’Intellectual arms race’ harming students, psychologist warns
A “slow school’’ transformation of education is needed as overworked and overwhelmed students and teachers struggle with stress, a psychology expert has warned.
Nicholas Van Dam, inaugural director of Melbourne University’s Contemplative Studies Centre, said students could benefit from the same “slow’’ movement popular with food and fashion.
Schools were locked in an “intellectual arms race’’ to cram more lessons into the school day, he said. “We’re asking too much of our children and expecting them to manage adult-level stressors and navigate adult schedules.
“There’s pressure on kids to excel in maths and athletics and performance arts, so they spend the whole day at school under pressure, then are taken to after-school activities and are dragged to events on the weekend.
“Kids are very good at stopping and pausing and looking and wondering and exploring things – but we’ve taken the space to do that away from them.’’
The call comes as governments prepare to force schools to measure and improve student wellbeing amid an alarming rise in anxiety, depression and self-harm among children.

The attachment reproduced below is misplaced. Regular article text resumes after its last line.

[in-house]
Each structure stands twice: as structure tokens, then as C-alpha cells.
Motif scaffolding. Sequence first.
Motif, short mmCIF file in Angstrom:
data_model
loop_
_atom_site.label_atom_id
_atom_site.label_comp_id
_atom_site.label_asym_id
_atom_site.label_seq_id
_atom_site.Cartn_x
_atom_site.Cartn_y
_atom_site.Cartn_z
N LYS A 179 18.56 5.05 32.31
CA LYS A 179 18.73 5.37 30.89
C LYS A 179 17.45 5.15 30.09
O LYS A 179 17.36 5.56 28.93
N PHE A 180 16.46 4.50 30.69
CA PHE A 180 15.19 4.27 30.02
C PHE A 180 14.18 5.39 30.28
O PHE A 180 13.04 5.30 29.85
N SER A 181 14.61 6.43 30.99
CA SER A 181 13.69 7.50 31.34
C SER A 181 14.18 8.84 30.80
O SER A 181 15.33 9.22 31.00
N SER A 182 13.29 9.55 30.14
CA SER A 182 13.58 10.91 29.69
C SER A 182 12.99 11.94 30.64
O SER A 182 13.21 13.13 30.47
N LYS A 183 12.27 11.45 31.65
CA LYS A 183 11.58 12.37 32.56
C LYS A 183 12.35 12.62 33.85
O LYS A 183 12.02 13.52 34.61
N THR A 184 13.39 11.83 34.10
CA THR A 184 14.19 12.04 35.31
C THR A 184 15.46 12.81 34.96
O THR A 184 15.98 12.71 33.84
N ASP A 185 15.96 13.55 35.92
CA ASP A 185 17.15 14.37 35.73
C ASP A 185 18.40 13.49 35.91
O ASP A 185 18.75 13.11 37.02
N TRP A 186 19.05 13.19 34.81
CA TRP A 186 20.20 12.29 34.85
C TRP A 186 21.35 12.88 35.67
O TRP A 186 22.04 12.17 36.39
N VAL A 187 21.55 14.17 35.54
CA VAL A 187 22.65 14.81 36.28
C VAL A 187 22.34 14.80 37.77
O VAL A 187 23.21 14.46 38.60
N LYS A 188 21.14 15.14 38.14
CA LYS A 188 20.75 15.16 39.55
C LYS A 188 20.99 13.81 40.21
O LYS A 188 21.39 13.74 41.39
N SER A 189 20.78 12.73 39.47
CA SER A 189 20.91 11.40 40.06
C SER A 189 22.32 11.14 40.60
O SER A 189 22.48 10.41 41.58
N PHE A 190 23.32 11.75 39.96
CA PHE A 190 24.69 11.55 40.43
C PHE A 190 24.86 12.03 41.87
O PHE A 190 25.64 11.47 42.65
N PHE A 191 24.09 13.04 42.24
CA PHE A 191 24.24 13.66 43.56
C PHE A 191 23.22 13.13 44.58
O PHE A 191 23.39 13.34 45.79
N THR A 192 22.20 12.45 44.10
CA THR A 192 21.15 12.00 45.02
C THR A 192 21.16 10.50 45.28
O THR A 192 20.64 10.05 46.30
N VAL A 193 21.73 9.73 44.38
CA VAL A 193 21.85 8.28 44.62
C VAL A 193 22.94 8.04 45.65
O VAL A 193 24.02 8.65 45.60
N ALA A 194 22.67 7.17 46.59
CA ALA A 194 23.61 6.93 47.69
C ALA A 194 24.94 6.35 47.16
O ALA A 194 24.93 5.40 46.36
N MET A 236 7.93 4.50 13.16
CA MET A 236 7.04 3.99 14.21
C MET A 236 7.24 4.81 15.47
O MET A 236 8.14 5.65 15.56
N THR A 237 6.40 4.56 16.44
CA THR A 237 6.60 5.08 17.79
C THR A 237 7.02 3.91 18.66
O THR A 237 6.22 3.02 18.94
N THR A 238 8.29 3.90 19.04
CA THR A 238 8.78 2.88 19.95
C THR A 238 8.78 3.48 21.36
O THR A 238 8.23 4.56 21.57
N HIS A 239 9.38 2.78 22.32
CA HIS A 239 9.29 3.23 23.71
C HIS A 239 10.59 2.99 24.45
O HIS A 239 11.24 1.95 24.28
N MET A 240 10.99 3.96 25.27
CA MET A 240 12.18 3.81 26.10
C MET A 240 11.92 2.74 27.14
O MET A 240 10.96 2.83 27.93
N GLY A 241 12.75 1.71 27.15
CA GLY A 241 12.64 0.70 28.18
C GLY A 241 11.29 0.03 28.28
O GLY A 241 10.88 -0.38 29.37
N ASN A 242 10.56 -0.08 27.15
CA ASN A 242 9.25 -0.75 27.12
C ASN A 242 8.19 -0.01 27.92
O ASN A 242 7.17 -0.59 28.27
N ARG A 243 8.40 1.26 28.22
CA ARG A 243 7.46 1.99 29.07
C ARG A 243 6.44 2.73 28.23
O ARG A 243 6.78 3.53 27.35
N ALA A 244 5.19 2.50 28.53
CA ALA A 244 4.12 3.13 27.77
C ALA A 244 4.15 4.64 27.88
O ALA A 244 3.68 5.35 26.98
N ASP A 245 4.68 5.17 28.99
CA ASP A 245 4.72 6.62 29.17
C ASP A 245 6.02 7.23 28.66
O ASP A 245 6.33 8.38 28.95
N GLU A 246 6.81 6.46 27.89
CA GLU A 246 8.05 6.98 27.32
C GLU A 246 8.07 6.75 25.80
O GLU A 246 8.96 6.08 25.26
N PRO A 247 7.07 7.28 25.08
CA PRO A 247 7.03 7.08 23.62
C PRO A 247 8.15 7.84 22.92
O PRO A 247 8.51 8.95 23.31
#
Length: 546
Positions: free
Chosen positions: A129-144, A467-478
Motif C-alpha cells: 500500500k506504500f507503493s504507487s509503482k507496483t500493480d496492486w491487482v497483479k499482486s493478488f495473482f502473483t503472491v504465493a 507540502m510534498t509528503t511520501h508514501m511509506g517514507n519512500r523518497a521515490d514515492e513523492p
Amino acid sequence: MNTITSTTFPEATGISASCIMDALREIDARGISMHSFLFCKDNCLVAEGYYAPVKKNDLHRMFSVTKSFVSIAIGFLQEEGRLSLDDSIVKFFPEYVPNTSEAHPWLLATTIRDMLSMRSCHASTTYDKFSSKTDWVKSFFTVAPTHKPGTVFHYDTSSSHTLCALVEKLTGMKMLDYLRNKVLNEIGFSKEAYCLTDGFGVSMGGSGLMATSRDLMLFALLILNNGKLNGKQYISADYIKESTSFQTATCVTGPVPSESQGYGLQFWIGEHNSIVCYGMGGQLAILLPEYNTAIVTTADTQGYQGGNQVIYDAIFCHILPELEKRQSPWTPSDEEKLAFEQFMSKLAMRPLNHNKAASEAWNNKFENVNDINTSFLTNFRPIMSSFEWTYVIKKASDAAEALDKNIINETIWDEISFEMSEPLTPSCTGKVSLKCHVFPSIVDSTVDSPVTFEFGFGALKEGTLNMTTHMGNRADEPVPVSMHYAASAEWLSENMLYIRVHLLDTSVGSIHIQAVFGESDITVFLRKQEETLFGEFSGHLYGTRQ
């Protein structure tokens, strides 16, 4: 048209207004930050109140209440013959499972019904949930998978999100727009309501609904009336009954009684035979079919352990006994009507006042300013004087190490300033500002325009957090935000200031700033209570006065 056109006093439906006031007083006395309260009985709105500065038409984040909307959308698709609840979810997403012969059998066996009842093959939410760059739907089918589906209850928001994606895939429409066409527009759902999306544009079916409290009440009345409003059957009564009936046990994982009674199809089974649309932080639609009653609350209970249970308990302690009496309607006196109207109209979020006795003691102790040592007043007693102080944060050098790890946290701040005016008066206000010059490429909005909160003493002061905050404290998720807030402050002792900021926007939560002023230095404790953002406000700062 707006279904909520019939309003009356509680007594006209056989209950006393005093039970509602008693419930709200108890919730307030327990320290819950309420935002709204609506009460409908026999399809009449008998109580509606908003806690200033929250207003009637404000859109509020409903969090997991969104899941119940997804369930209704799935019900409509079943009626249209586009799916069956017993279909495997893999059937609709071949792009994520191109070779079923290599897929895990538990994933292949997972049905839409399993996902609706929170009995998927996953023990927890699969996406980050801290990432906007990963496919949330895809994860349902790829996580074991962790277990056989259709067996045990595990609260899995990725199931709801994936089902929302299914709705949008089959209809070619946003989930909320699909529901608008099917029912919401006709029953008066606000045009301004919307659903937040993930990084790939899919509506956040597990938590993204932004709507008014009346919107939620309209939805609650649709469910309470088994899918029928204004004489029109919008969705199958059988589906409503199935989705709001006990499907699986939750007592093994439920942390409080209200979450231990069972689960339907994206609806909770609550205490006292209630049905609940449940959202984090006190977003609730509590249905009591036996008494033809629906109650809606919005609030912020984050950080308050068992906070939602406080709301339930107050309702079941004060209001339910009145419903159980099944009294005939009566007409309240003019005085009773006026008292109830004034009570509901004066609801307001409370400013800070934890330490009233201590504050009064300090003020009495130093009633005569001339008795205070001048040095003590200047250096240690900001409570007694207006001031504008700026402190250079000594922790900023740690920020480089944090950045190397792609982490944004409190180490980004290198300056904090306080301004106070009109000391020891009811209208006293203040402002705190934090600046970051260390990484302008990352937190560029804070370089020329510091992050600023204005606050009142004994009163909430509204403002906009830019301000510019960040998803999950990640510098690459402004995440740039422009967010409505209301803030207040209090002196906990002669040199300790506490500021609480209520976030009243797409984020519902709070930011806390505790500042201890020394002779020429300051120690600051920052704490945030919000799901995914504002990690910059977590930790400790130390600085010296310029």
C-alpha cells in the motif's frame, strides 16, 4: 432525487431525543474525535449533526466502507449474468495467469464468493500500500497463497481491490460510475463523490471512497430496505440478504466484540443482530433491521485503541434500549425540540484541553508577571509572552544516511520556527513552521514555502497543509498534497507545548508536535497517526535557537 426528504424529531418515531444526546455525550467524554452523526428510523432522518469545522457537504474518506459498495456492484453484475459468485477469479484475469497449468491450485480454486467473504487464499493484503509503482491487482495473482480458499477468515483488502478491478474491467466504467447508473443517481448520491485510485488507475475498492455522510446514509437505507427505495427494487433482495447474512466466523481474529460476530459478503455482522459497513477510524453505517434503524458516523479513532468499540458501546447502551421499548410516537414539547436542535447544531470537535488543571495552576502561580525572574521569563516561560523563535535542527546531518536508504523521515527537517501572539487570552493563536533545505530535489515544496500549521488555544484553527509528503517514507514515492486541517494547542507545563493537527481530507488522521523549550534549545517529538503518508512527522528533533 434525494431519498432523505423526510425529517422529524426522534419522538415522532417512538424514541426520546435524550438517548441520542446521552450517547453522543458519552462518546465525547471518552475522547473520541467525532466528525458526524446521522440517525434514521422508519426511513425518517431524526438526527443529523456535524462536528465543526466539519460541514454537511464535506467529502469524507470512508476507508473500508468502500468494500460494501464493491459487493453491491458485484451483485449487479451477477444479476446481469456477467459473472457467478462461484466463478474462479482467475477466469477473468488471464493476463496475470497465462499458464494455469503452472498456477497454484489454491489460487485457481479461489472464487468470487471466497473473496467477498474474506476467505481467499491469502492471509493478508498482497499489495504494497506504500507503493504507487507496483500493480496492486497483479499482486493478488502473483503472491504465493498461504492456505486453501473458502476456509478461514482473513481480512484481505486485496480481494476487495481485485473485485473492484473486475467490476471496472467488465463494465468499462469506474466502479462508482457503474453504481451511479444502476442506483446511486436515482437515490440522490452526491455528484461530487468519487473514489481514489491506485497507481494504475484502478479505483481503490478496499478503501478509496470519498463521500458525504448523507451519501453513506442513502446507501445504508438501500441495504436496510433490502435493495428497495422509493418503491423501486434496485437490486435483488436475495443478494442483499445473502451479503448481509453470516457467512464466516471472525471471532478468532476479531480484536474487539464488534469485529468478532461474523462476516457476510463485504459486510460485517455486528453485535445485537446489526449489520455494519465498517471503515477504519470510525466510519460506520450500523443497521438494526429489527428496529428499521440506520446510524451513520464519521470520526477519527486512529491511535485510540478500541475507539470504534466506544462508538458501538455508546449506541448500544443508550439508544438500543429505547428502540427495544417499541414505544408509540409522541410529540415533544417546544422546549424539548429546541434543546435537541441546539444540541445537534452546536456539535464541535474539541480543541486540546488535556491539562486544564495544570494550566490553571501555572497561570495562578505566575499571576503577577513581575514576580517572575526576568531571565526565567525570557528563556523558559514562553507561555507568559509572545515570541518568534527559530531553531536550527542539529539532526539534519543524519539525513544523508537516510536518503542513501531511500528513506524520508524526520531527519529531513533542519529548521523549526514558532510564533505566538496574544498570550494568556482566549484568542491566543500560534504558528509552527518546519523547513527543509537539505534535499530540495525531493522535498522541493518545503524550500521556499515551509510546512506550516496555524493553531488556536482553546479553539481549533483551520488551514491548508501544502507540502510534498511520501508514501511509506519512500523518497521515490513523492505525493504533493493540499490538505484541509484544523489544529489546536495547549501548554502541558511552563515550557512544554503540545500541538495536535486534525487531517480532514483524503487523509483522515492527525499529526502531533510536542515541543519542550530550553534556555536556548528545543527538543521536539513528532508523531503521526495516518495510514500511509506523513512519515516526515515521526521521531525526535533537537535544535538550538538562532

Dr Van Dam, an associate professor in the Melbourne School of Psychological Science, said teachers should not be left to manage students’ mental health.
“It’s not their job to manage mental health problems among school kids,’’ he said. “We need more qualified psychologists in schools but there just aren’t enough.’’
Children and teenagers needed time to imagine and daydream, Dr Van Dam, who has a PhD in clinical psychology and postdoctoral fellowships in psychiatry, clinical neuroscience and psychiatric neuroimaging, said.
“Not allowing the mind to wander can interfere with creative thinking, creativity and understanding abstract ideas,’’ he said. “It gives kids time to absorb what they’re being taught, and connect it to other things.’’
Some “mindfulness’’ programs used in schools could do more harm than good, as they could trigger trauma and add to an already overcrowded curriculum, he said.
A study of 8376 British students aged 11 to 14 – half of them taught mindfulness by teachers trained in the method across 84 schools – found it had little effect on student wellbeing or depression a year later.